Author : Vikrom Mathur

Published on Mar 21, 2024

Restoration, management, and protection of water resources can contribute to peace and long-term stability

Water for Peace: Sustainable water management can play a pivotal role in building and maintaining peace

This article is a part of the essay series: World Water Day 2024: Water for Peace, Water for Life

The growing demand for water resources induced by population growth, industrial development and climate change is increasing the vulnerability of communities across the world. Water scarcity has become a major concern in the past few years as its impacts on human security and sustainable development have become widely apparent. It is further expected to become a crucial point of engagement in geopolitics. 

However, contemporary narratives around water are often seen through the hawkish lens of conflict, while speculating that the water crisis may even lead to wars between countries. As we mark the UN World Water Day on 22 March with this year’s timely theme ‘Water for Peace’, it is crucial to emphasise that water has been a point of peace and cooperation far more than it has induced conflict. While water crises may have the potential to cause serious conflict, it also has a strong motivation for cooperation between groups and countries. Water cooperation has contributed to the establishment of several successful local and transnational agreements, policy guidelines, and practices that support sustainable and equitable management of shared water resources.     

The Indus Water Treaty that was signed in 1960 between India and Pakistan was seen as one of the most successful international treaties that has provided a framework for irrigation and hydropower development for over six decades. It has stood the test of time amid decades of military conflicts, border skirmishes and, territorial disputes between both the countries. Even within the strenuous relationship between Israel and Palestine, sharing the waters of the Jordan river has always proven to be a connecting point between nations providing a potential pathway towards peace. These instances bring to the fore the misguided notions of ‘water wars’ while reiterating that there are no clear instances of war fought over water. Furthermore, there are strong frameworks along with consistent global efforts towards sharing water resources of river basins through dialogue, cooperation, and participative management.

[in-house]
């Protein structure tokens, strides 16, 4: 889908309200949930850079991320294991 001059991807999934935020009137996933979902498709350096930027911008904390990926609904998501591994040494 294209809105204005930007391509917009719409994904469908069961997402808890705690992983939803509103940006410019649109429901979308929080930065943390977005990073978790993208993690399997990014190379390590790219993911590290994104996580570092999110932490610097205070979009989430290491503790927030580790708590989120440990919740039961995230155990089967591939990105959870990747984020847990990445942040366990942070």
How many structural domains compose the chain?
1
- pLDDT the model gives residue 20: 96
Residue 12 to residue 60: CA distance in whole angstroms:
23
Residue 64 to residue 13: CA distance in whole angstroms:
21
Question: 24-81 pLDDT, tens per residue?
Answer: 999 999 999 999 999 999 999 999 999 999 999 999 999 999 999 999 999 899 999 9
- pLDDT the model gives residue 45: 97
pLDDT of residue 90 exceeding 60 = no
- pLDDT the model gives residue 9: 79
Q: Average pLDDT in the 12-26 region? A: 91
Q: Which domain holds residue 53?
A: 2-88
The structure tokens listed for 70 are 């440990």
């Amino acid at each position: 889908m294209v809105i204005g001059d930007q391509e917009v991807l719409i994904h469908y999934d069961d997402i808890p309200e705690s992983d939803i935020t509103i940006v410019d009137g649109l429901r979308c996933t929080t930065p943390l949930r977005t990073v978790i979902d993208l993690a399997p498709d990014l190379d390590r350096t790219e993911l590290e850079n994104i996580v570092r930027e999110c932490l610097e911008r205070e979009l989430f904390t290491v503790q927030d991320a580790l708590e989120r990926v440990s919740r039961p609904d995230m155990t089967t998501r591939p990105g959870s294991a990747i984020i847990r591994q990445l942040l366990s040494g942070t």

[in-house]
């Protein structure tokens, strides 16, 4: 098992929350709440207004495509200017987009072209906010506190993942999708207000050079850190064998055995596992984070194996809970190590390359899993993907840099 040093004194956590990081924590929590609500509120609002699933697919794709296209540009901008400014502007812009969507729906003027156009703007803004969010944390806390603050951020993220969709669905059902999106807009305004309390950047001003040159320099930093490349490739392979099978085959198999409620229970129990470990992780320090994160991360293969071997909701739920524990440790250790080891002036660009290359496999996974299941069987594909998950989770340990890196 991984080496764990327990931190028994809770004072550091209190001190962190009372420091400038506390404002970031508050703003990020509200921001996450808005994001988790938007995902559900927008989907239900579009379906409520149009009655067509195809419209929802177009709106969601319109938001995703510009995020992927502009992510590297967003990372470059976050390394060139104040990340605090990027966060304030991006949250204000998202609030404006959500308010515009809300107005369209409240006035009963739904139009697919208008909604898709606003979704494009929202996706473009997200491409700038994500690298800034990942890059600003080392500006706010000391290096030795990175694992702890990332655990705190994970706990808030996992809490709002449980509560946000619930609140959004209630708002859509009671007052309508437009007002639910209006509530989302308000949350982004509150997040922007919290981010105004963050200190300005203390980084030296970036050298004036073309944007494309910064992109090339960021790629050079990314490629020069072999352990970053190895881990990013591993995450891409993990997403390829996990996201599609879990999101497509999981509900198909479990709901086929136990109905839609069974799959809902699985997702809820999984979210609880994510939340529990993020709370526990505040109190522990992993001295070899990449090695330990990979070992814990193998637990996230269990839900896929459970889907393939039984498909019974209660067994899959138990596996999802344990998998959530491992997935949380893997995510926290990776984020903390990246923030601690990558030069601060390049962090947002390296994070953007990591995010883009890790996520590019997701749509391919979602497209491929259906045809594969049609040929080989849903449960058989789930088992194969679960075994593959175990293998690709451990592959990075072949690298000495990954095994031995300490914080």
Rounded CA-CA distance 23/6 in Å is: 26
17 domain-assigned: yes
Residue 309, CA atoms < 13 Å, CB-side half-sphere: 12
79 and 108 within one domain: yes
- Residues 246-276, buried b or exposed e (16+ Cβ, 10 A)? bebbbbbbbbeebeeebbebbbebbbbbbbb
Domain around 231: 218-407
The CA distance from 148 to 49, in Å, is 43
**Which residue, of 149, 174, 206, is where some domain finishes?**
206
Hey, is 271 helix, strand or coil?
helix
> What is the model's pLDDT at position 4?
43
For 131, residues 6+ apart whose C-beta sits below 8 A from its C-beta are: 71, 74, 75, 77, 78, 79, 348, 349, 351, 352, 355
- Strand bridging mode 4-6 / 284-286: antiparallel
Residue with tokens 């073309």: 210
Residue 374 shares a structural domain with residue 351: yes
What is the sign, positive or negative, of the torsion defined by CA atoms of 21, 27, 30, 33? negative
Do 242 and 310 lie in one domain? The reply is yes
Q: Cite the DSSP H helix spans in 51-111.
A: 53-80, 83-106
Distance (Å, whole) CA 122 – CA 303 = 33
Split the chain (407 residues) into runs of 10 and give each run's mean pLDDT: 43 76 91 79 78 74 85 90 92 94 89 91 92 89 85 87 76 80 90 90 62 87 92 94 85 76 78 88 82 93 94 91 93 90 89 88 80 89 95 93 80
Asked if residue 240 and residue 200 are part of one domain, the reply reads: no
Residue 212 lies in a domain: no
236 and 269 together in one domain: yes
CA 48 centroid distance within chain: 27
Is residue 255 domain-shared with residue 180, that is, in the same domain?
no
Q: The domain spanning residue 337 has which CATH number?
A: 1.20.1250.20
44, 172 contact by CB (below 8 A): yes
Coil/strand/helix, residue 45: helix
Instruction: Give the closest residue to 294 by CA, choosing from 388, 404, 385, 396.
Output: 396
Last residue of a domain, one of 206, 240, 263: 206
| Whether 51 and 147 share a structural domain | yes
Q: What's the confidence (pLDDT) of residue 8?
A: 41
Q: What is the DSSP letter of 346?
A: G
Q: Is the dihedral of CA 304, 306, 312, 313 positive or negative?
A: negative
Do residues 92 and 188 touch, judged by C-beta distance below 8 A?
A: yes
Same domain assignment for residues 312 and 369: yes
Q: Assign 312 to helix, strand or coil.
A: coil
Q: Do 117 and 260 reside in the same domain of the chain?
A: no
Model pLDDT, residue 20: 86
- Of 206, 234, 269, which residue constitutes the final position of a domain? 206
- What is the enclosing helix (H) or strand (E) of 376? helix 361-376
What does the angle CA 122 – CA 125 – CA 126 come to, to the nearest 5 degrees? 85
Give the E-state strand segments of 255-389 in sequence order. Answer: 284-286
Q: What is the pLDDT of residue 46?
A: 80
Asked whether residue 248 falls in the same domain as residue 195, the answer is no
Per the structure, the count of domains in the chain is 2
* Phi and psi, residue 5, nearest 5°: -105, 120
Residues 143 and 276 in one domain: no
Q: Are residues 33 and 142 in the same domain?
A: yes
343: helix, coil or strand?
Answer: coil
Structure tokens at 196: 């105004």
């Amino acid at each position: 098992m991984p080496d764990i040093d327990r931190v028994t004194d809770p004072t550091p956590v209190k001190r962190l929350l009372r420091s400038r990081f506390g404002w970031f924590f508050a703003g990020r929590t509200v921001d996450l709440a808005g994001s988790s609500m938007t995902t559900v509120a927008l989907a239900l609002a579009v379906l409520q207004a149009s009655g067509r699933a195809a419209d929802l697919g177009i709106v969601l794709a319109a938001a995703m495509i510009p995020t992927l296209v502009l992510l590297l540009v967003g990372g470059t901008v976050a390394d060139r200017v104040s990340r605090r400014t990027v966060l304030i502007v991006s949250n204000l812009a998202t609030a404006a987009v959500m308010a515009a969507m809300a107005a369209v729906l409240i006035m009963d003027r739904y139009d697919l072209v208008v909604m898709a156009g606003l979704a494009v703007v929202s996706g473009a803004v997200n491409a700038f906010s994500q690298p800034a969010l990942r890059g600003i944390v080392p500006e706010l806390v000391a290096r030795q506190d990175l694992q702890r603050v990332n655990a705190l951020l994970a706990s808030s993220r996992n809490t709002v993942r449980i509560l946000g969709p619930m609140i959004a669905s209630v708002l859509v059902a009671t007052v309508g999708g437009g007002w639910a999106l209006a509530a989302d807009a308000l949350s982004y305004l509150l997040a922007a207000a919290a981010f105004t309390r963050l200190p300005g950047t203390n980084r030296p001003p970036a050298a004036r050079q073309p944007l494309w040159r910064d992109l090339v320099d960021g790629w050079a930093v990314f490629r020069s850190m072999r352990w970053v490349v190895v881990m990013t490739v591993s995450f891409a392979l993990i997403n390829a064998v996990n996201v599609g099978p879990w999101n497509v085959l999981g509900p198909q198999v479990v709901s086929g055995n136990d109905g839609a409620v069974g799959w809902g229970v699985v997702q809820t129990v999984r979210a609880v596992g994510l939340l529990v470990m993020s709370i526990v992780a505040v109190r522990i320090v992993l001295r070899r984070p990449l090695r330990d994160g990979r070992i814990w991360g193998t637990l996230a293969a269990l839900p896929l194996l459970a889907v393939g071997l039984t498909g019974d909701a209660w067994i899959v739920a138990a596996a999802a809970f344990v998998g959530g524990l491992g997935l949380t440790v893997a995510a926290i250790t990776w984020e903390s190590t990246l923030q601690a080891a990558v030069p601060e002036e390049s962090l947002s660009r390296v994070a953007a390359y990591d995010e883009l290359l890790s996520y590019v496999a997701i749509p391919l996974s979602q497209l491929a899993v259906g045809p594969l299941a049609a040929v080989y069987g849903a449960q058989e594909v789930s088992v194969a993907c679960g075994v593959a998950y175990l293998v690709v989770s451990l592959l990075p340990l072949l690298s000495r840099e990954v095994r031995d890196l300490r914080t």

Recently, through the emerging field of environmental peacebuilding, there has been increased attention and emphasis from researchers and policymakers on the crucial role of water management in fostering peace in post-conflict societies. By drawing insights from peace and conflict research, the emerging field is attempting to understand how restoration, management, and protection of water resources can contribute to peace and long-term stability. 

There are 276 transboundary basins providing 60 percent of the global fresh water flow which is shared among 148 countries. In addition, 300 aquifer systems are transboundary in nature with nearly 2.5 billion people across the world dependent on groundwater. In order to strengthen water security that caters to the growing demand, there is a need for frameworks that strengthen trust and develop mutual cooperation.

This cooperation is not only crucial at the national level but also at the local level to improve governance around water commons.